Germans warned against apathy as Merkel heads for fourth term

BERLIN (Reuters) – Germans were urged to vote in a national election on Sunday in which a seemingly assured fourth term for Chancellor Angela Merkel risks being overshadowed by a far-right party entering parliament for the first time in more than half a century.

After shock election results last year, from Britain’s vote to leave the European Union to the election of U.S. President Donald Trump, many look to Merkel to rally a bruised liberal Western order, tasking her with leading a post-Brexit Europe.

Writing in the mass-market Bild am Sonntag newspaper, President Frank-Walter Steinmeier warned Germans against letting others decide the future of their country by failing to vote.

“It has perhaps never been as clear that the elections are about the future of democracy and Europe,” he wrote, amid polls showing that as many as a third of Germans were undecided.

“If you don’t vote, others decide.”

In Germany’s proportional election system, low turn-out can boost smaller parties, such as the hard-right Alternative for Germany (AfD), giving them more seats from the same number of votes.

In regional elections last year, Merkel’s conservatives suffered setbacks to the AfD, which profited from resentment at her 2015 decision to open German borders to more than one million migrants.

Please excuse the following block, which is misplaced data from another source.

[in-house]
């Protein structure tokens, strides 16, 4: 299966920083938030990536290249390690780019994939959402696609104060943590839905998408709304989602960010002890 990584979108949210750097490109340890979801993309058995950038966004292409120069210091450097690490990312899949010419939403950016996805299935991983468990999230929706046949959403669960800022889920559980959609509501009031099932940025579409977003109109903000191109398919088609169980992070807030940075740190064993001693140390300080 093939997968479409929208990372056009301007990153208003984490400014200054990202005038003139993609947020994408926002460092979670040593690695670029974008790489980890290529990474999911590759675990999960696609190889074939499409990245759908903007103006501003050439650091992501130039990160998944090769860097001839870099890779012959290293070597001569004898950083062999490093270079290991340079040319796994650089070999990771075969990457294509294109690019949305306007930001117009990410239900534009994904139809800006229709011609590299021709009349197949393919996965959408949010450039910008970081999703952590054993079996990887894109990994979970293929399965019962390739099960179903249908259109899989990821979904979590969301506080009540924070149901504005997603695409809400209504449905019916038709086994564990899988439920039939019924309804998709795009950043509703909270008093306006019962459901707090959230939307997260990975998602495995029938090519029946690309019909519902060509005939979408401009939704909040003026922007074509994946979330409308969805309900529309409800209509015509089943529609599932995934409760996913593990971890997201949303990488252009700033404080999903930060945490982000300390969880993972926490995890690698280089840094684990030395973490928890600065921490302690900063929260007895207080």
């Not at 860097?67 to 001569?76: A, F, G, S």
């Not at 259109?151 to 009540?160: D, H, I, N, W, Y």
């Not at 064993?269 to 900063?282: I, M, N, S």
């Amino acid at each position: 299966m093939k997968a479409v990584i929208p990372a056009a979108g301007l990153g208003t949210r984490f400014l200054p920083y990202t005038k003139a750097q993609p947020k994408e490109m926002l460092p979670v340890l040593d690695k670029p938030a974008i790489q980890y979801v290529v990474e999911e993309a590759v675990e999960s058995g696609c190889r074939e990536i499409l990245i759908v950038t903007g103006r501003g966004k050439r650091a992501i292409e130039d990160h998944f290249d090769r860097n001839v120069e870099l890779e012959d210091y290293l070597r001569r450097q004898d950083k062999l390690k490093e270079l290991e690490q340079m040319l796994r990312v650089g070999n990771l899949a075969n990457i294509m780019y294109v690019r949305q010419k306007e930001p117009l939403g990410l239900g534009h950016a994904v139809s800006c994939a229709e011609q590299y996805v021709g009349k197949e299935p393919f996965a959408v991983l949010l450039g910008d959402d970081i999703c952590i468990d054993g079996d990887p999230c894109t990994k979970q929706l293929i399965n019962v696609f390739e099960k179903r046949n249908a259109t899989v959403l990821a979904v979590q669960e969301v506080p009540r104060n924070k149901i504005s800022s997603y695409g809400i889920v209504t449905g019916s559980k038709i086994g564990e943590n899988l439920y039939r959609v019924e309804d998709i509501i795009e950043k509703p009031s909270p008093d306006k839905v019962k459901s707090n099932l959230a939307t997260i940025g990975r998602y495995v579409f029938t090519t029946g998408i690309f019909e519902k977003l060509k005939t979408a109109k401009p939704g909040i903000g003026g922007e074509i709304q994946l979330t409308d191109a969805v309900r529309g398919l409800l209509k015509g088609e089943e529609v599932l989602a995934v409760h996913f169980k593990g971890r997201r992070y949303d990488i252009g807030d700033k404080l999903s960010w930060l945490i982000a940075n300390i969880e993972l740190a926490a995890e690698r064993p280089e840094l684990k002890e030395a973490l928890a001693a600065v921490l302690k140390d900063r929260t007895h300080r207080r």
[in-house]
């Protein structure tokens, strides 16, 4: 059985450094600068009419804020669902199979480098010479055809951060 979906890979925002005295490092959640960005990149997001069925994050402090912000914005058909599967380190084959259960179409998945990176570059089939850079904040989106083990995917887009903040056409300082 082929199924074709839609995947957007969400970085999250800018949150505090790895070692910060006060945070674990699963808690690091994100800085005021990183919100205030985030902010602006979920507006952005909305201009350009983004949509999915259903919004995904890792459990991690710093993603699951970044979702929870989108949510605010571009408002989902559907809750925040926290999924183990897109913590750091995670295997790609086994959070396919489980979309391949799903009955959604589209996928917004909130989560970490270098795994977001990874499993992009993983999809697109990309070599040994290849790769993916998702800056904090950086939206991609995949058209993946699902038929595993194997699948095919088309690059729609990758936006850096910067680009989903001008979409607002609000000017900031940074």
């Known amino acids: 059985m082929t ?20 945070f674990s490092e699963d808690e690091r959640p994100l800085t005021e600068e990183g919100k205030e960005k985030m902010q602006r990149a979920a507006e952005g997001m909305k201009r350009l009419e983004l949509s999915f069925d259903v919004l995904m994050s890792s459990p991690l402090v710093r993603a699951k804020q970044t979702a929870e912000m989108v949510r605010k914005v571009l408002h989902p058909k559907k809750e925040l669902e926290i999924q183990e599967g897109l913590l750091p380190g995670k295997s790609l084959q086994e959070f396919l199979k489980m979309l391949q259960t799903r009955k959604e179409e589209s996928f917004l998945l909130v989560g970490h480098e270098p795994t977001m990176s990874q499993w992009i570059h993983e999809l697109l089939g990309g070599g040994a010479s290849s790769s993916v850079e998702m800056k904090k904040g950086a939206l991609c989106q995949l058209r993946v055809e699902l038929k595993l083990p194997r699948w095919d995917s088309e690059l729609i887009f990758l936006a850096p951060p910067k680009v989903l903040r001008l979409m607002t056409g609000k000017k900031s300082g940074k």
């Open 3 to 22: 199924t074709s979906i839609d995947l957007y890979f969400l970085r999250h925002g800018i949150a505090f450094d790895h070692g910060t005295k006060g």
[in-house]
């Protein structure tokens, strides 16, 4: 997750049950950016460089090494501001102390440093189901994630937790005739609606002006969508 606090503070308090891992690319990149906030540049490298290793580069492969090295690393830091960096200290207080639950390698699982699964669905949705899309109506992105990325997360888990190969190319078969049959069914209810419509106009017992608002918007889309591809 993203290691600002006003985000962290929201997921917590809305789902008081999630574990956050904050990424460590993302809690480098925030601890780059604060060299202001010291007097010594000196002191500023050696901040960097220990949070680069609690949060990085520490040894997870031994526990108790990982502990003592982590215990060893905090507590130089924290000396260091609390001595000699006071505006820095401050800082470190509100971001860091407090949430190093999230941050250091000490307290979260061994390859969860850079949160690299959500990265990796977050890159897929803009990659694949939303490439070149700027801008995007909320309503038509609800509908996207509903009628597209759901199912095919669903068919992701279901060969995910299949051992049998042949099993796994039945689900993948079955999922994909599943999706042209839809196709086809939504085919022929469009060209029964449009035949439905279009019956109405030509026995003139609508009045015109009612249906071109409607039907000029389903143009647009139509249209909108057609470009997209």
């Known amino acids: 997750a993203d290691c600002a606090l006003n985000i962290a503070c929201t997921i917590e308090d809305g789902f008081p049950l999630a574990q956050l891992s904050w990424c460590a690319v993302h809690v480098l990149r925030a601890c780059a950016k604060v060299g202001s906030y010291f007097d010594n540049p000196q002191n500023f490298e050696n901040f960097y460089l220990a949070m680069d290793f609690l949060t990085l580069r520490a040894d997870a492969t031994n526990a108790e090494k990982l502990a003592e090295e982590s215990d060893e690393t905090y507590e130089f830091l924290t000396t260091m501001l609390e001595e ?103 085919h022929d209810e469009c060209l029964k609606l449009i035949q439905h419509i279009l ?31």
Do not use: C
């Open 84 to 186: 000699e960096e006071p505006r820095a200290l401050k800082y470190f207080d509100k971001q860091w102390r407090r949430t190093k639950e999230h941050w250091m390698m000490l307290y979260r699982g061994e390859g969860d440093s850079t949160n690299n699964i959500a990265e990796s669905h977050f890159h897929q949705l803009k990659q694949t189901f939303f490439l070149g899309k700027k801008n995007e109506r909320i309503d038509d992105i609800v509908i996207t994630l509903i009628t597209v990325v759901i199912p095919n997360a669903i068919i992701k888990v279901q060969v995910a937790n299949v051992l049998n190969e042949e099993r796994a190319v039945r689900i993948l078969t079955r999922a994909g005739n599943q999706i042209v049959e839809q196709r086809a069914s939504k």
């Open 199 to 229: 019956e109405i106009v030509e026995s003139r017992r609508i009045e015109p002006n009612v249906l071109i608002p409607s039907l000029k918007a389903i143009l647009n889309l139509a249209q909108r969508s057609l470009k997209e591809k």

Those setbacks made Merkel, a pastor’s daughter who grew up in Communist East Germany, wonder if she should even run for re-election.

But with the migrant issue under control this year, she has bounced back and thrown herself into a punishing campaign schedule, presenting herself as an anchor of stability in an uncertain world.

Visibly happier, Merkel campaigned with renewed conviction: a resolve to re-tool the economy for the digital age, to head off future migrant crises, and to defend a Western order shaken by Trump’s victory last November.

A woman wearing traditional Sorb clothing casts her vote in a polling station in Crostwitz, eastern Germany, September 24, 2017. REUTERS/Matthias Rietschel


Both Merkel and her main challenger, Social Democrat leader Martin Schulz worry that a low turnout could work in favor of smaller parties, especially the AfD, which is expected to enter the national parliament for the first time.

Schulz, who on Friday described the AfD as “gravediggers of democracy”, told reporters after voting that he was still optimistic that his party, a distant second according to polls, would pick up the votes of…

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